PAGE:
For the past five years, Amam had been thinking about how she could help interior crew who enter the industry and are suddenly expect to be experts in every field – something she feels is unfair and something that, until now, was not being addressed by the industry. “I would love to give all the young girls out there the opportunity to actually do a great job because, let’s face it, they all get lured into the industry being told, ‘You can make great money and pay no tax’, but nobody tells them they also need to be an expert in leather care, couture care and all sorts of materials. They have to instantly operate on the highest level and they don’t have the protocols in place.” Amam has a background in textiles engineering, so is confident her knowledge, shared through CRYSTAL, will support new crew in this way.
The software has been designed for the lifestyle of crew; always moving around on the boat and off the boat, the software works across a variety of platforms. “It works on the iPads and iPhones and also on the desktop. The idea is not to strap the girls behind a desk, because we all know one thing – the people who get the desk are the captain, chief officer and chief engineer.” One problem Amam highlights with the current state of the industry is the lack of clear, concise instructions for interior crew – something she hopes the software will be able to solve. “Nobody writes it down – and I understand that, because maybe a chief stewardess only stays six months or a year. I’ve seen attempts on yachts I took over – there was a word document on the desktop in the crew mess, an extra sheet on the personal laptop and some notes on the iPhone. But the software channels all of this – you can literally have a skeleton of what needs to be done and you can assign it to different people so you don’t have to pluck it out of thin air every time.”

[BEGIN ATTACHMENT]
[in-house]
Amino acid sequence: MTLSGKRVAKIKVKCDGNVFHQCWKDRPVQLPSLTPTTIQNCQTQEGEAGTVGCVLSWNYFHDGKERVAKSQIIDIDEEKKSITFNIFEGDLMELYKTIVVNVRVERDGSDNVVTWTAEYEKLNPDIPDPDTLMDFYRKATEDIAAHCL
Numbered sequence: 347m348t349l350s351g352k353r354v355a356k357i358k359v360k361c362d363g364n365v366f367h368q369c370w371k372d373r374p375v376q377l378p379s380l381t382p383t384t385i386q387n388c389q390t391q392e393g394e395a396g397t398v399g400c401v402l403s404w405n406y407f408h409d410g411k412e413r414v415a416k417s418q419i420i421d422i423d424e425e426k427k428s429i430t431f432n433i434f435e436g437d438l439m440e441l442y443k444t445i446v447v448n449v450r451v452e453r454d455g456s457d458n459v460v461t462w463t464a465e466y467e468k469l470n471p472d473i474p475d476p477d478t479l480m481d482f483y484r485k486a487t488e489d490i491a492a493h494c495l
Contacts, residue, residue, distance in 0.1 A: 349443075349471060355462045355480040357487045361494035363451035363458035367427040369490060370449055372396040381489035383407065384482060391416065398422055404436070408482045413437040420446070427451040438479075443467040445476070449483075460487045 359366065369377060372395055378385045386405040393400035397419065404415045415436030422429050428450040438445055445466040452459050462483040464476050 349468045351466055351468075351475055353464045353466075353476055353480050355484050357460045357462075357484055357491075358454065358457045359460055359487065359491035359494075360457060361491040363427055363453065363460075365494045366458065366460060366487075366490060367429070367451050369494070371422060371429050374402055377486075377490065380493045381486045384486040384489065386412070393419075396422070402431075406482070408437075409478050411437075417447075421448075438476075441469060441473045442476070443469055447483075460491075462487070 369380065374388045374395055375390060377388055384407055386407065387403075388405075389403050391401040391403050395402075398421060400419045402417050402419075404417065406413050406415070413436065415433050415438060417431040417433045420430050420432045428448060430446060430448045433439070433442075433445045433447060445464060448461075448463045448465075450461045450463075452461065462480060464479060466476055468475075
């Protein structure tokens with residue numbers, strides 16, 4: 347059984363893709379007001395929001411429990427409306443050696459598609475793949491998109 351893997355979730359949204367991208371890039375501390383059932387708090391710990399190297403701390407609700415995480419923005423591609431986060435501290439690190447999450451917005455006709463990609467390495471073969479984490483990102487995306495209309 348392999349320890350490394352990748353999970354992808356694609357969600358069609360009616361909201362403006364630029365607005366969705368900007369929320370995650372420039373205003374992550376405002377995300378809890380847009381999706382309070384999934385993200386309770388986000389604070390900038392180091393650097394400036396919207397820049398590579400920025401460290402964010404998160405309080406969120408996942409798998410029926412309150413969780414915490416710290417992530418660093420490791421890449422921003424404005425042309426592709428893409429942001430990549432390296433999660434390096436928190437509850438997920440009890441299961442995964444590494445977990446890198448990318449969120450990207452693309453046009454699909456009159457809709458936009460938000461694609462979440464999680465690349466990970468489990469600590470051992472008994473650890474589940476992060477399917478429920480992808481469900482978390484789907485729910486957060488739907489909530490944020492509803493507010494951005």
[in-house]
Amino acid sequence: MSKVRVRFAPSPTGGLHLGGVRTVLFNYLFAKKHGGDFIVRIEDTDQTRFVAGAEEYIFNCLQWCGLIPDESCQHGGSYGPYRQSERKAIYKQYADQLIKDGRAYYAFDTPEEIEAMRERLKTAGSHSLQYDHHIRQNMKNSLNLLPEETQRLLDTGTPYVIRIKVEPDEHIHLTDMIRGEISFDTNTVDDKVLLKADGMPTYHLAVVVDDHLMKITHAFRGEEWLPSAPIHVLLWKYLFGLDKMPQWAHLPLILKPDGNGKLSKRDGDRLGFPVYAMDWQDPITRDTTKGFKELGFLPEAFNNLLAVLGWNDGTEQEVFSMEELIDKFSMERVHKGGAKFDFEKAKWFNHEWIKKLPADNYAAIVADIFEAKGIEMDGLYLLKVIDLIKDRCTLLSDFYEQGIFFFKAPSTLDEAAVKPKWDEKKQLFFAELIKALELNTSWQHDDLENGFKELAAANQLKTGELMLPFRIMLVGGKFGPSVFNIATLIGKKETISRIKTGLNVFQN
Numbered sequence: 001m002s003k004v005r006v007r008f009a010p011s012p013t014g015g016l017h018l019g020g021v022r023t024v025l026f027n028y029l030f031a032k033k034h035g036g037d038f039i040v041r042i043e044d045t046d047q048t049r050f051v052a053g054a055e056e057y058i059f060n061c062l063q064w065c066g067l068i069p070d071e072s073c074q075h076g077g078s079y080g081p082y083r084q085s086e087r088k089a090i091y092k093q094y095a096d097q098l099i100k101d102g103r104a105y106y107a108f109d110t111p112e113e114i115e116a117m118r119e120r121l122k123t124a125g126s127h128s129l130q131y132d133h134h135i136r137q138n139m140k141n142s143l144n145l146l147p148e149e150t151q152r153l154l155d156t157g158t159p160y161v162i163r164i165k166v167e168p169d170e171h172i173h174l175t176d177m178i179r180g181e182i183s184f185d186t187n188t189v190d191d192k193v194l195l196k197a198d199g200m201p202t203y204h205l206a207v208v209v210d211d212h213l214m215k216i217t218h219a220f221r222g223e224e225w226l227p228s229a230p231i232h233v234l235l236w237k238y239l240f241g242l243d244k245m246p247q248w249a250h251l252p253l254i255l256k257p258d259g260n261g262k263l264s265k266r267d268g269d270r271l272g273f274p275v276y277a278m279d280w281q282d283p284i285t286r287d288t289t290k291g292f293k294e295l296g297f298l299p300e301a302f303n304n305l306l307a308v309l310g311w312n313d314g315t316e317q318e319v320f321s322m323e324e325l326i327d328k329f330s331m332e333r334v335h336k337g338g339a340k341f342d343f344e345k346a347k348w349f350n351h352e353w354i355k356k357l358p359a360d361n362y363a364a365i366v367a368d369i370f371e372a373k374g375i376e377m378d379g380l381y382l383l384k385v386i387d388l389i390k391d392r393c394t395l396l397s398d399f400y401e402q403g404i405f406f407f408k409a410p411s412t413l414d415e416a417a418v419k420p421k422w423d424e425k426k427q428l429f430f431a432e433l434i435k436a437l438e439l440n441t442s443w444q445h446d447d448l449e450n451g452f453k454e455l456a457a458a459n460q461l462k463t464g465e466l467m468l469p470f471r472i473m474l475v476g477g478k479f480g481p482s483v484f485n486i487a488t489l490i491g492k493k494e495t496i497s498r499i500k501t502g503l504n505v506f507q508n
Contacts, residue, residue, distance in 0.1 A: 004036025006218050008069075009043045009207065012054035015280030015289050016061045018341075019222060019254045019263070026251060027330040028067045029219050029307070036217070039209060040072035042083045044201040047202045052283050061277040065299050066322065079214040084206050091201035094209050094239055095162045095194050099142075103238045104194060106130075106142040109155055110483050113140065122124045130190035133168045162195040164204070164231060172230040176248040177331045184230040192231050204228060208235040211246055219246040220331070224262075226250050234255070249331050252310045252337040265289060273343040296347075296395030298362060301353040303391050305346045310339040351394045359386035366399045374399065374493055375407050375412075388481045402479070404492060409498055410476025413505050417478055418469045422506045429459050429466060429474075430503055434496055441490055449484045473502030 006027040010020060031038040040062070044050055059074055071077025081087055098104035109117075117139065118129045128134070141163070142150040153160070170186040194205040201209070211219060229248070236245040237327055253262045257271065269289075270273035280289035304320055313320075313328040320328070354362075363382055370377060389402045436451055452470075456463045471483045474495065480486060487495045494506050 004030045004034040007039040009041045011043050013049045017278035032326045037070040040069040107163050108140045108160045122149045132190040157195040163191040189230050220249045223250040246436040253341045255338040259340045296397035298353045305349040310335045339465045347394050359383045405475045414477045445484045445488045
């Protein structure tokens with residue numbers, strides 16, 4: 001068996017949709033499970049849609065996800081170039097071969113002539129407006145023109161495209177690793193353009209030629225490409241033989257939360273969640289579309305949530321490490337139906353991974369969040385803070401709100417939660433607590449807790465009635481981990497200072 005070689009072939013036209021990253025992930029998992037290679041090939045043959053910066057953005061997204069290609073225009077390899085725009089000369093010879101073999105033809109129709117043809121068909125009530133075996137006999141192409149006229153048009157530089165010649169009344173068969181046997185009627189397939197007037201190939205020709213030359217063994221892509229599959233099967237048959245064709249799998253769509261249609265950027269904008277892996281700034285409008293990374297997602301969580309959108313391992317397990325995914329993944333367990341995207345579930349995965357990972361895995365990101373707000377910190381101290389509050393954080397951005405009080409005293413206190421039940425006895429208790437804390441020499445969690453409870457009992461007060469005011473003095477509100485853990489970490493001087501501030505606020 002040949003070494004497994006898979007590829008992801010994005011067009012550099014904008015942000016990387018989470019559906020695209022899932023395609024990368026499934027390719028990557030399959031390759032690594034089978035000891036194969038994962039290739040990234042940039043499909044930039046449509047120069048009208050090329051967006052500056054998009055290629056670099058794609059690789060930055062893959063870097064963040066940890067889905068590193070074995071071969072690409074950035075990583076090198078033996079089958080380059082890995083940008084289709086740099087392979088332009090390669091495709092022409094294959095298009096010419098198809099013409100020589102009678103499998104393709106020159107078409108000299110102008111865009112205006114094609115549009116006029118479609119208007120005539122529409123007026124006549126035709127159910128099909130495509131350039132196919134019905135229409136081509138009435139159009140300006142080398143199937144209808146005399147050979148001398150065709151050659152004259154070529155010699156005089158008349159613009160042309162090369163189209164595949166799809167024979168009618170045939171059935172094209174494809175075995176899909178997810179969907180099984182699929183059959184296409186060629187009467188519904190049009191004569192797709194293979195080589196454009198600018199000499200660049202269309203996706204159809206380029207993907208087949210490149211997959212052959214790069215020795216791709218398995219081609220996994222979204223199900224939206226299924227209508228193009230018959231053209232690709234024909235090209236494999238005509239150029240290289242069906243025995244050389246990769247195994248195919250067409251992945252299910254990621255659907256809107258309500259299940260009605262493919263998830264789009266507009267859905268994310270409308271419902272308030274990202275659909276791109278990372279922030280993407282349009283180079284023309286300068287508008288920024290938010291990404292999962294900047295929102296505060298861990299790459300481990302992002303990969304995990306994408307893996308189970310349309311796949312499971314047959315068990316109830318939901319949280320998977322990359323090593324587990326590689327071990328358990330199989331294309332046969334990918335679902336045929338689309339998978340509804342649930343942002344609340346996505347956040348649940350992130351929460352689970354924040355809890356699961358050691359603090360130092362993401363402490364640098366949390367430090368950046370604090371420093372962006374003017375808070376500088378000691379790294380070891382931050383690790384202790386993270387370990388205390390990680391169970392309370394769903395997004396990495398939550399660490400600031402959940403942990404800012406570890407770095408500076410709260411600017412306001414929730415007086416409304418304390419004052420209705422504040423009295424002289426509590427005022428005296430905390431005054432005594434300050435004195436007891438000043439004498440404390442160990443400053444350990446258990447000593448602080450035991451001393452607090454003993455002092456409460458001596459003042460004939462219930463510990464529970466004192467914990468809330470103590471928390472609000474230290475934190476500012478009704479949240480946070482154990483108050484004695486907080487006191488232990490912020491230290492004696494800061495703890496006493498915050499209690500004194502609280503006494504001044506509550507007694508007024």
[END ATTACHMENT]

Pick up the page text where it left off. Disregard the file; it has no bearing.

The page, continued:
The software allows for as much detail about on-board interior operations and procedures as the head of department would like. Individual stewardesses can be assigned specific tasks via ‘cards’ that will appear on their calendar, with time slots which, Amam adds, helps new crew understand how long certain jobs on board actually take.
And, more importantly, having this skeleton of work set up means that when crew turnover there is less pressure on the interior to start from scratch. “It gives the chance for girls to step up. Let’s say you have a chief stewardess who was there for 12 months and she leaves, the next girl can step up because she has seen the cards, she knows the system and she can read it. Even the captain will be able to see what is in the wine cellar and what it is the interior crew are doing.”
Find a full interview with Amam in issue 72 of The Crew Report – out February 2015.
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